How to install custom fonts in Linux desktop

One way to add personalization to the documents or presentations that you create is via using custom fonts. In Linux desktop, you can download and add custom fonts as you wish. Linux desktop supports both TrueType fonts and OpenType fonts. For those wanting to use custom fonts, there are many free, open-source fonts you can download from the web (e.g., TrueType fonts from Google Web Fonts).

In this tutorial, I will describe how to install custom fonts in Linux desktop environment.

Let's say you already downloaded TrueType and OpenType custom fonts (e.g., custom_font.ttf or custom_font.otf) from somewhere. Verify that those fonts are not installed on your system by using this tutorial. Once you verify that those fonts are not available on your Linux desktop, proceed as follows to install them on your system.

Install Custom Fonts System-wide

If you want to make the custom fonts available system-wide (i.e., any user who logs in to your desktop can use the fonts), install the fonts in a system-widely accessible location as follows.

To install a TrueType font (e.g., custom_font.ttf), copy the font under /usr/share/fonts/truetype directory. Make sure to make the fonts readable by others.

$ chmod 644 custom_font.ttf
$ sudo cp custom_font.ttf /usr/share/fonts/truetype

If you want, you can create any sub-directory under /usr/share/fonts/truetype, and copy the font in there instead:

$ chmod 644 custom_font.ttf
$ sudo mkdir /usr/share/fonts/truetype/google_fonts
$ sudo cp custom_font.ttf /usr/share/fonts/truetype/google_fonts

To install an OpenType font (e.g., custom_font.otf), use /usr/share/fonts/opentype directory to install fonts.

$ chmod 644 custom_font.otf
$ sudo cp custom_font.otf /usr/share/fonts/opentype

Similar to TrueType fonts, you can create any number of sub-directories under /usr/share/fonts/opentype:

$ chmod 644 custom_font.otf
$ sudo mkdir /usr/share/fonts/opentype/my_custom_fonts
$ sudo cp custom_font.otf /usr/share/fonts/opentype/my_custom_fonts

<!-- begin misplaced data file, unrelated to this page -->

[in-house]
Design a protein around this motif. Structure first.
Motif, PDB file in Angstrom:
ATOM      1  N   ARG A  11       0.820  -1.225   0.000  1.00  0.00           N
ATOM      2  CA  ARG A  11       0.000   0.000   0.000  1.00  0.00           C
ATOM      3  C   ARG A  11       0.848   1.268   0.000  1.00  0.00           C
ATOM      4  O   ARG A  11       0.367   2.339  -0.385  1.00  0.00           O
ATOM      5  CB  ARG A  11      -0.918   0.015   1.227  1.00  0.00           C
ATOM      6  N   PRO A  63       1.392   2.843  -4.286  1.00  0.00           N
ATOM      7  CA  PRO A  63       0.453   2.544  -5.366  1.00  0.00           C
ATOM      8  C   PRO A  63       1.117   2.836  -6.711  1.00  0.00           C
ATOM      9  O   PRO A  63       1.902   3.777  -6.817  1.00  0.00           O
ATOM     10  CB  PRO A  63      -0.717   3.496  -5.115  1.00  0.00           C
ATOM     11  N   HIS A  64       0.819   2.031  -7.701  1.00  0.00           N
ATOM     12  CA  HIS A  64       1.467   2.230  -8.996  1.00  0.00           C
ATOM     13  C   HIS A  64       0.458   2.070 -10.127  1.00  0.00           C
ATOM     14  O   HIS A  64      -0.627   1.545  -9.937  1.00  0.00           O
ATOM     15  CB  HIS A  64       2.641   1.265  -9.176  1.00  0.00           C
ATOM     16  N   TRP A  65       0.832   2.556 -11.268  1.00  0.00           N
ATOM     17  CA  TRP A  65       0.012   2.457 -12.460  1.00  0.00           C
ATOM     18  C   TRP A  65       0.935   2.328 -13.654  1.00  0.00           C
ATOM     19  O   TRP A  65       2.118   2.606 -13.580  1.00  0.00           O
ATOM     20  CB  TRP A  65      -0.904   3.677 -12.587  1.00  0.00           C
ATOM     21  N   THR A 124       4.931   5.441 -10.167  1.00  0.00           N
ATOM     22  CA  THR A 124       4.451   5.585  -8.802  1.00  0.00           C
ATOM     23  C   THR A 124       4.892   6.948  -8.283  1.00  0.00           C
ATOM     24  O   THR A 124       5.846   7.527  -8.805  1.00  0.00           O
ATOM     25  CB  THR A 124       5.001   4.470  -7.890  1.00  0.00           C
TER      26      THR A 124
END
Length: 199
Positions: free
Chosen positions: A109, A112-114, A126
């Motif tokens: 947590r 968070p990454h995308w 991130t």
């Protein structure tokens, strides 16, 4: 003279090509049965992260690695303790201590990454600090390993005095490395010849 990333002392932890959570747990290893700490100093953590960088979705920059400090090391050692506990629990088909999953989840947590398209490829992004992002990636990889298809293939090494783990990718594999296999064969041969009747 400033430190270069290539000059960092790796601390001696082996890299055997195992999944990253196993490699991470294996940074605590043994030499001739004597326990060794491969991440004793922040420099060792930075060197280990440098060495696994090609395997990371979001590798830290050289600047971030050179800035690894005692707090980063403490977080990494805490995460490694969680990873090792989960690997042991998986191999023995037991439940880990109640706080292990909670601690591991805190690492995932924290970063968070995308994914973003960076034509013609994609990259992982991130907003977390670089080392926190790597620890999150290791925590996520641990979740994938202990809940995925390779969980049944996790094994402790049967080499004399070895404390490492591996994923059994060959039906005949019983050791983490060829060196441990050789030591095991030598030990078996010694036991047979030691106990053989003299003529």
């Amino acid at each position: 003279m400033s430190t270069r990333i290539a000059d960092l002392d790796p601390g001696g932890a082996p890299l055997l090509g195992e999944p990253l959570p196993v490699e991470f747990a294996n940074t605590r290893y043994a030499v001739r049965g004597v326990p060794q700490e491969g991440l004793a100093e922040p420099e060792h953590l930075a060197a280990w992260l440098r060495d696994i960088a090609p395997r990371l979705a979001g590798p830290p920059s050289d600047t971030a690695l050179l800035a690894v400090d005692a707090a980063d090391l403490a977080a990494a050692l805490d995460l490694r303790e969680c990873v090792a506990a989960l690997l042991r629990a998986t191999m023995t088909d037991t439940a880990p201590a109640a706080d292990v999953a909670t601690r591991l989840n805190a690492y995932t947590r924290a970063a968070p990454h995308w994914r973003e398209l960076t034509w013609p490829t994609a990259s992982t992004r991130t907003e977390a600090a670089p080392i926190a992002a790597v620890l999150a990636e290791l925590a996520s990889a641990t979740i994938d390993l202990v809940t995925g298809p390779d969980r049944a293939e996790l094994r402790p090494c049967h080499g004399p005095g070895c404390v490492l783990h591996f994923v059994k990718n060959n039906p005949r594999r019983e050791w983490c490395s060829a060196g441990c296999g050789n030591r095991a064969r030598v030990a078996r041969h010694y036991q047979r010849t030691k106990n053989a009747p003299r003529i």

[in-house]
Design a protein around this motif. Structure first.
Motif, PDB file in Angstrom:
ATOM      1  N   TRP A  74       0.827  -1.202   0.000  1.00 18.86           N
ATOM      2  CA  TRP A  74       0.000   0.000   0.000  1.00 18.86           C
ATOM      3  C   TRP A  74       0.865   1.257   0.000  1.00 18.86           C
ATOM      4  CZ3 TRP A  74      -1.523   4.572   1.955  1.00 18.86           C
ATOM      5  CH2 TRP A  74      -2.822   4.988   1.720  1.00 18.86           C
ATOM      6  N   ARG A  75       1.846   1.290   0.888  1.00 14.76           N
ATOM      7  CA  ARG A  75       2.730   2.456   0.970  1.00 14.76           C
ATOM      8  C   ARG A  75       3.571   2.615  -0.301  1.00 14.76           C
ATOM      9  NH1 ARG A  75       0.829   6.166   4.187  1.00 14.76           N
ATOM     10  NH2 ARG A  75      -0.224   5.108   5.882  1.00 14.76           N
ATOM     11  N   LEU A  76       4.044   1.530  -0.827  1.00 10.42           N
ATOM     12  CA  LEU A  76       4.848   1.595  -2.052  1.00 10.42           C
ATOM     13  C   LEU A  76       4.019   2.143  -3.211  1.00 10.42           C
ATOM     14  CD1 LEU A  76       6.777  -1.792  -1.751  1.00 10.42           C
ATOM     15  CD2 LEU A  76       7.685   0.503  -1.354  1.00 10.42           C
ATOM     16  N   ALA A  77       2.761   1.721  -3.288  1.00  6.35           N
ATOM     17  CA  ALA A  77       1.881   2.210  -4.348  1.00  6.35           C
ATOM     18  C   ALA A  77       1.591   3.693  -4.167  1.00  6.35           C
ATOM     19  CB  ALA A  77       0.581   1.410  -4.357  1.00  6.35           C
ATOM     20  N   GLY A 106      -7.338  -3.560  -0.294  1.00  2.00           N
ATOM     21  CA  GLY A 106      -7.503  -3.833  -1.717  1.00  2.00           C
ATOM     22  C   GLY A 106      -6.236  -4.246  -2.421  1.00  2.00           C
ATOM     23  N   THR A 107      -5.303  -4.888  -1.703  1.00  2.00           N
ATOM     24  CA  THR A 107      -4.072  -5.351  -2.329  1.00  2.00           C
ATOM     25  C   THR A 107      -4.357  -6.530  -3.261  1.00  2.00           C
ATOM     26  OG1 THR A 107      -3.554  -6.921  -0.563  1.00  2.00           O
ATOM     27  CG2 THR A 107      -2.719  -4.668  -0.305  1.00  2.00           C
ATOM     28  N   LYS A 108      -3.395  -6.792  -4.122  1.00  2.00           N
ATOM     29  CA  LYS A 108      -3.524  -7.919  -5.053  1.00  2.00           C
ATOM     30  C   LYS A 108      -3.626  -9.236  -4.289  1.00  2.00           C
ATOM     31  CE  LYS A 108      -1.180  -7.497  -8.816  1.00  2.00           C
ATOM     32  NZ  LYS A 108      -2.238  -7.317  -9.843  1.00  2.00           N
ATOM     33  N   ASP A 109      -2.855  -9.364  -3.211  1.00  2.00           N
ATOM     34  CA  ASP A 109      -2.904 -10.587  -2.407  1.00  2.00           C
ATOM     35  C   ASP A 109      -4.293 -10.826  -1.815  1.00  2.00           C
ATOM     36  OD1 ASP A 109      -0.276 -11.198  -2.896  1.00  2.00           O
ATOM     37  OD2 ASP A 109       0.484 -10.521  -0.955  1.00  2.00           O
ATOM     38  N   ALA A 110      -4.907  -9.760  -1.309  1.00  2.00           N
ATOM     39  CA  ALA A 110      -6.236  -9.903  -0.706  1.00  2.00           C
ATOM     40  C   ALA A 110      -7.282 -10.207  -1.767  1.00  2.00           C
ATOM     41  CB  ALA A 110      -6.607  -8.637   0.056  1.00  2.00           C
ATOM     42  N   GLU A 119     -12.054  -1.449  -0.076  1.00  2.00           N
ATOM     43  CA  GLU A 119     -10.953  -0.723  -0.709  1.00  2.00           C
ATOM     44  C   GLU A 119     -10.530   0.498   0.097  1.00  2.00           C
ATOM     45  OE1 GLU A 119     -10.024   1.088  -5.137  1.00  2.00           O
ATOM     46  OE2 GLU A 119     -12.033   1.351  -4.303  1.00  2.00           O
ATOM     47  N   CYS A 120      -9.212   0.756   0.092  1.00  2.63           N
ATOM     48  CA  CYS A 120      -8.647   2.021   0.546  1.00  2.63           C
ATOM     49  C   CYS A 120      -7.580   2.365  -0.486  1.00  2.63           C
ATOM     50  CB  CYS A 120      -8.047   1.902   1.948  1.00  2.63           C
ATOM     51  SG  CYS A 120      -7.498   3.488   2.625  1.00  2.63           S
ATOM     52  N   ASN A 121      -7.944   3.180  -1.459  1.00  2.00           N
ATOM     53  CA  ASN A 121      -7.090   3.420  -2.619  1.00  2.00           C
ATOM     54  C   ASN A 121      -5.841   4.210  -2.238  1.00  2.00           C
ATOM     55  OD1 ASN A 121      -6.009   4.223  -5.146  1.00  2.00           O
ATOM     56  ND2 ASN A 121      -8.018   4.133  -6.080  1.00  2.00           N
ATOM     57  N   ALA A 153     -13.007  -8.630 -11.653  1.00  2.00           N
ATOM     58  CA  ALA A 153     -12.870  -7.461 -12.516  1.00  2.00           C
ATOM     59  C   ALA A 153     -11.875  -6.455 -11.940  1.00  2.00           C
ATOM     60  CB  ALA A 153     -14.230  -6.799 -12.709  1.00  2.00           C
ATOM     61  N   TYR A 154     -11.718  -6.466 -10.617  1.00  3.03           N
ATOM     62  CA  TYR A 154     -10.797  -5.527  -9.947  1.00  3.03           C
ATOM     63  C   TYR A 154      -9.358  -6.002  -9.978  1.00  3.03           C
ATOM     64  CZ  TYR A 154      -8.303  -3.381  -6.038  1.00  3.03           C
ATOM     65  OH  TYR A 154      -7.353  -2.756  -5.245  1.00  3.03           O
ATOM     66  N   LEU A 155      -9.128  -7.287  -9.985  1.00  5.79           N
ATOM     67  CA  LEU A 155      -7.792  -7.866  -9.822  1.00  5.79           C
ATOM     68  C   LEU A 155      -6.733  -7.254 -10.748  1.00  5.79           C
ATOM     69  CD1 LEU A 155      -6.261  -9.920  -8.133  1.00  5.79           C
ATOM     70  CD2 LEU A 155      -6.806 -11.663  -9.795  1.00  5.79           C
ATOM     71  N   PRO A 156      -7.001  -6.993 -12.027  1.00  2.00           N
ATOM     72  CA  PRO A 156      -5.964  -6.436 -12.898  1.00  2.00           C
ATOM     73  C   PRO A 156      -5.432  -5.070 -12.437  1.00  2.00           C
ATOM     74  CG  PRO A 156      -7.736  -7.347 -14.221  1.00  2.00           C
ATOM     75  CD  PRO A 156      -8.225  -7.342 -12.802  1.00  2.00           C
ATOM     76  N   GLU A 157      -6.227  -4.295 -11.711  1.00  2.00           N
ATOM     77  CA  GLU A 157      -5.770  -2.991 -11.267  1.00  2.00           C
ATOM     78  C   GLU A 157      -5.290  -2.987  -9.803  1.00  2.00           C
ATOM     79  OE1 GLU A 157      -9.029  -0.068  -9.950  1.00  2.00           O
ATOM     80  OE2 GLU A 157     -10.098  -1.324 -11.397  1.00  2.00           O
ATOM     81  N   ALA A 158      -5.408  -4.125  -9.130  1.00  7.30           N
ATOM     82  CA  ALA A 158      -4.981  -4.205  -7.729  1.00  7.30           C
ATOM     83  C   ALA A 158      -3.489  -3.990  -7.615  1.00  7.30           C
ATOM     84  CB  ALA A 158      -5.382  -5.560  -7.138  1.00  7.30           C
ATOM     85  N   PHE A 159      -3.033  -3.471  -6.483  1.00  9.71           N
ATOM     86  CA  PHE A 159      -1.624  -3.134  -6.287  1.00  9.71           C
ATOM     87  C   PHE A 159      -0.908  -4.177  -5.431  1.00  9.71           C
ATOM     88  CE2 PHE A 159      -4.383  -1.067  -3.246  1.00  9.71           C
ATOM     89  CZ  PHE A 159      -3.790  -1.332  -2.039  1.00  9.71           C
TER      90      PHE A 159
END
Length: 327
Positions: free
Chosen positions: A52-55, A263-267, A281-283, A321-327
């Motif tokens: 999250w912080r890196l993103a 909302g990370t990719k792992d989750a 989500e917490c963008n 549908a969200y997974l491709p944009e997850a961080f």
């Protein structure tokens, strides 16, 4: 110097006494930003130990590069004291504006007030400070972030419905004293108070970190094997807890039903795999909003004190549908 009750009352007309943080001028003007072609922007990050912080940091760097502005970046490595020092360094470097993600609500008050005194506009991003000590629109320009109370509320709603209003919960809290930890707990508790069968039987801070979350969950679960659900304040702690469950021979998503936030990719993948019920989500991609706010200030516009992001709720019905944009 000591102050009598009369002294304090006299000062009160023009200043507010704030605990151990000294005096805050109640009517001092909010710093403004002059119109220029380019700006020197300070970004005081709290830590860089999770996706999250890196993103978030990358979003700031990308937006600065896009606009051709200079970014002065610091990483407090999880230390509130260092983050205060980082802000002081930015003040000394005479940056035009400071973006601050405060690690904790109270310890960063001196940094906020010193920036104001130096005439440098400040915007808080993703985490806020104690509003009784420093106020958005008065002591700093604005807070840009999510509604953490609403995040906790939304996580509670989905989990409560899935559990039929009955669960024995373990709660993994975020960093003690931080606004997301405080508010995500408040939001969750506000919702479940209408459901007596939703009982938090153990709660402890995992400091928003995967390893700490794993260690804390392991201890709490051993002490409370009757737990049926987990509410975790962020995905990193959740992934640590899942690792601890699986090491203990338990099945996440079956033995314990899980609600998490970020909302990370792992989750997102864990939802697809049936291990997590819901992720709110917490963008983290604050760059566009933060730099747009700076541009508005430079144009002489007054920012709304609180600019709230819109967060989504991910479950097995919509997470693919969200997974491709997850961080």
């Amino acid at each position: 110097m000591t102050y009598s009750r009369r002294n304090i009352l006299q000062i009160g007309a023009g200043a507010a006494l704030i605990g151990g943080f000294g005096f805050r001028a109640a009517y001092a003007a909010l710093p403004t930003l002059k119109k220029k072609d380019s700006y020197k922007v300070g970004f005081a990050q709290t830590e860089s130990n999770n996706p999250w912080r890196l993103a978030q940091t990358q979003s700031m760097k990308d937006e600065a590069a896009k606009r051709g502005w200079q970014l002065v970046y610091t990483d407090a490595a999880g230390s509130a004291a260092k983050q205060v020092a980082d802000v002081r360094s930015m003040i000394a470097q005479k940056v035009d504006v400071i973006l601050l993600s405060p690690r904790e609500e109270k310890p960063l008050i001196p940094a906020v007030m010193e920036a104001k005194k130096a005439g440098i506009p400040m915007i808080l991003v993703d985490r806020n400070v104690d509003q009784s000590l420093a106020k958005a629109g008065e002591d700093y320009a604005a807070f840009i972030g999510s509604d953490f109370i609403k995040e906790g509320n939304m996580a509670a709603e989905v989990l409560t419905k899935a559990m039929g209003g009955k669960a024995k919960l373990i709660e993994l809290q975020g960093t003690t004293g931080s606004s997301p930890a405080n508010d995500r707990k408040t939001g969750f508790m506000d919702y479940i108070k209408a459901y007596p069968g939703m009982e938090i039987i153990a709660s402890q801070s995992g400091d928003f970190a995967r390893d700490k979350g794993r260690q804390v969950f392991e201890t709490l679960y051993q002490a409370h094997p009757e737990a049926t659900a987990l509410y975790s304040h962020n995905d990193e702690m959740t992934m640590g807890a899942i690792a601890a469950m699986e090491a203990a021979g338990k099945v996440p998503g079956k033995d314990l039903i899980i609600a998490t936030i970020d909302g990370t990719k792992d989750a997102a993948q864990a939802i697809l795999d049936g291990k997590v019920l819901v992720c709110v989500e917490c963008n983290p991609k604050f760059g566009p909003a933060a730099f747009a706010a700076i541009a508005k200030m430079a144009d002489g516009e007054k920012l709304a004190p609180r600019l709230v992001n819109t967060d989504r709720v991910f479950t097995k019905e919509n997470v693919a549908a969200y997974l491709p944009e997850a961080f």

After copying your font to an appropriate font directory as described above, rebuild a system-wide font cache, simply by running:

$ sudo fc-cache -fv

At this point, you should be able to use the installed fonts in office suites like LibreOffice.

Install Custom Fonts on a Per-User Basis

If you want to install custom fonts per-user (i.e., make custom fonts available to you only), you can install the fonts in your home directory.

For this, create .fonts directory in your home directory.

$ mkdir ~/.fonts

Then (optionally) create any number of sub-directories, and copy any types of fonts (e.g., TrueType or OpenType) under ~/.fonts. For example:

$ mkdir ~/.fonts/my_truetype_fonts
$ mkdir ~/.fonts/my_opentype_fonts
$ cp custom_fonts.ttf ~/.fonts/my_truetype_fonts
$ cp custom_fonts.otf ~/.fonts/my_opentype_fonts

Once you have copies custom fonts in ~/.fonts directory, rebuild your font cache, without using sudo.

$ fc-cache -fv

The installed fonts can only be accessible when you log in to your Linux desktop.

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Dan Nanni is the founder and also a regular contributor of He is a Linux/FOSS enthusiast who loves to get his hands dirty with his Linux box. He likes to procrastinate when he is supposed to be busy and productive. When he is otherwise free, he likes to watch movies and shop for the coolest gadgets.

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